Travel Bucket List: India – Bihar Part 2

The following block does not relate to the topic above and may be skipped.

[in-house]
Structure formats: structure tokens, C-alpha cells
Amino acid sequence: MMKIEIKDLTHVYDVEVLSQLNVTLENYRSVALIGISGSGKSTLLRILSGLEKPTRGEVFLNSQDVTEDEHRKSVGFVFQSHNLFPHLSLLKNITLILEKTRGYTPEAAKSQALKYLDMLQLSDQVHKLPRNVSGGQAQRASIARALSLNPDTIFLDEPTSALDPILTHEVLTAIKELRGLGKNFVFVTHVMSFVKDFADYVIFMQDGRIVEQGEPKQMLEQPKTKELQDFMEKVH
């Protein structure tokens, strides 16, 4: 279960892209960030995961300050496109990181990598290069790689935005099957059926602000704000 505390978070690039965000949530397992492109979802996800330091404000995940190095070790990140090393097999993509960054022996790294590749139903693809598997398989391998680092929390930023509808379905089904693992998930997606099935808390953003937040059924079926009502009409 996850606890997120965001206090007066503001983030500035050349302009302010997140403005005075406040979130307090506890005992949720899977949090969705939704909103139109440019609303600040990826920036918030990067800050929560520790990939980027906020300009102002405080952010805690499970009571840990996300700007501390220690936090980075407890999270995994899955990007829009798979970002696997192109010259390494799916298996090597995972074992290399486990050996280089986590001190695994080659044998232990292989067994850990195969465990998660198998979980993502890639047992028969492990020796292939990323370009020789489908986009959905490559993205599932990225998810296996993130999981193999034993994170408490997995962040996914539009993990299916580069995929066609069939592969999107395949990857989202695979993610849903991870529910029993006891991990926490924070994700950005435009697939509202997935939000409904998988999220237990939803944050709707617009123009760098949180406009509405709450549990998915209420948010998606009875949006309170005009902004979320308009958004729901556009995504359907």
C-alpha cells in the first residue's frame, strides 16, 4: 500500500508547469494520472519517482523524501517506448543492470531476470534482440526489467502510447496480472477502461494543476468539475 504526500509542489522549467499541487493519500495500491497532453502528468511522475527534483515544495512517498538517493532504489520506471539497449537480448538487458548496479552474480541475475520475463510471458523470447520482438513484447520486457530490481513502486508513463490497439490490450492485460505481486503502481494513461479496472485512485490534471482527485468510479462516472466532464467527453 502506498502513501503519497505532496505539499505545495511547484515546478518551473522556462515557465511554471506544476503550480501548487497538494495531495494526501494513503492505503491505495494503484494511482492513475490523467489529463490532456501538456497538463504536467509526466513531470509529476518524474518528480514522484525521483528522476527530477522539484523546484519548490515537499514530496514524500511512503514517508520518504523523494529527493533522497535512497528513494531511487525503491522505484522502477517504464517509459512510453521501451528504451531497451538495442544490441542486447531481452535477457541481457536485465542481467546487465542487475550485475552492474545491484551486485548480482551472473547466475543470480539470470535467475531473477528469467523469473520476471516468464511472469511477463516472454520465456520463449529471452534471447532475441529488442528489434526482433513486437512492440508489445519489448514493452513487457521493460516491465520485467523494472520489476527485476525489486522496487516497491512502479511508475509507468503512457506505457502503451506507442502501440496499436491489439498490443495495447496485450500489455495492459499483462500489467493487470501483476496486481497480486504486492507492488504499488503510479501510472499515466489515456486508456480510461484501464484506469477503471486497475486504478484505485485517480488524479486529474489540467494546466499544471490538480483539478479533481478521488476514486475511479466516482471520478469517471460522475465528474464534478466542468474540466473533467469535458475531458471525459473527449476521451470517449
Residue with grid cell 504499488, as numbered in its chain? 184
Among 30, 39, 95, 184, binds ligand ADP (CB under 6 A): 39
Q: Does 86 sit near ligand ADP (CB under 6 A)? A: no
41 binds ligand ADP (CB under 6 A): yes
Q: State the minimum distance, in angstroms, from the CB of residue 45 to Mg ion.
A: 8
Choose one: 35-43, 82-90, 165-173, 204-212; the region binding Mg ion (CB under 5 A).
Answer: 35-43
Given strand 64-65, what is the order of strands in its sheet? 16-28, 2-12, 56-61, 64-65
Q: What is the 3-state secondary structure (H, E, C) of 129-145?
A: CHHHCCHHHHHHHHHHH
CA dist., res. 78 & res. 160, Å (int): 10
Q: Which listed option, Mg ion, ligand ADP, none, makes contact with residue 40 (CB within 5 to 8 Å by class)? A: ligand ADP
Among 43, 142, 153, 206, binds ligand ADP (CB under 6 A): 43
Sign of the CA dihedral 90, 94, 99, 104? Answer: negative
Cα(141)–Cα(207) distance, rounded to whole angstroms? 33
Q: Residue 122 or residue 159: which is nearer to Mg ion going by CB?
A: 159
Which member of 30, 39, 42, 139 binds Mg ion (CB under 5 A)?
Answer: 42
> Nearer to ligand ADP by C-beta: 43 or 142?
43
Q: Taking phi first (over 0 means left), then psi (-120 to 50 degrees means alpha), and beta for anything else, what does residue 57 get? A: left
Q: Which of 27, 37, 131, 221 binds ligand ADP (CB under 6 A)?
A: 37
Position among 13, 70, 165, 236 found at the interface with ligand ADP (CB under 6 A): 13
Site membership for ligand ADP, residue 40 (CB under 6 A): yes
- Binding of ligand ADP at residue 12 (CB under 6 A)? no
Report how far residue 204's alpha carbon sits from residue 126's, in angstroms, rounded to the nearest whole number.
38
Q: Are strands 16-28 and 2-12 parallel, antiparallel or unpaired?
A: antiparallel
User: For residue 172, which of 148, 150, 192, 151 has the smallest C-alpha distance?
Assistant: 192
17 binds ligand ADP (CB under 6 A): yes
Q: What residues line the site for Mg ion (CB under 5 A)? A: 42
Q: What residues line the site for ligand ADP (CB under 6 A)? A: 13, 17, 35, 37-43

We start with the state’s capital Patna. The capital and largest city of the state, Patna is the 19th largest city in India, covering 250 sq km and with a population of over 2.5 million people, its urban agglomeration is the 18th largest in the country. One of the oldest continuously inhabited places in the world, Patna was founded in 490 BC by the Kings of Magadha. Ancient Patna, known as Patliputra or Pataliputra, was the capital of the Magadh Empire through the Haryanka, Nanda, Mauryan, Shunga, Gupta and Pala dynasties. Pataliputra was a seat of learning and fine arts and was home to many astronomers and scholars including Aryabhata, Vātsyāyana and Chanakya. During the Maurya period, around 300 BC, its population was about 400,000. Patna served as the seat of power, political and cultural centre of the Indian subcontinent during the Maurya and Gupta empires, but with the fall of the Gupta empire, Patna lost its glory which was revived again in the 17th century by the British as a centre of international trade. Following the partition of Bengal presidency in 1912, Patna became the capital of the Bihar and Orissa provinces and remained the capital even after the state of Jharkhand was carved out of Bihar. Patna is a pilgrimage for Sikh devotees as it is reckoned to be the birthplace of last Sikh Guru, Guru Gobind Singh.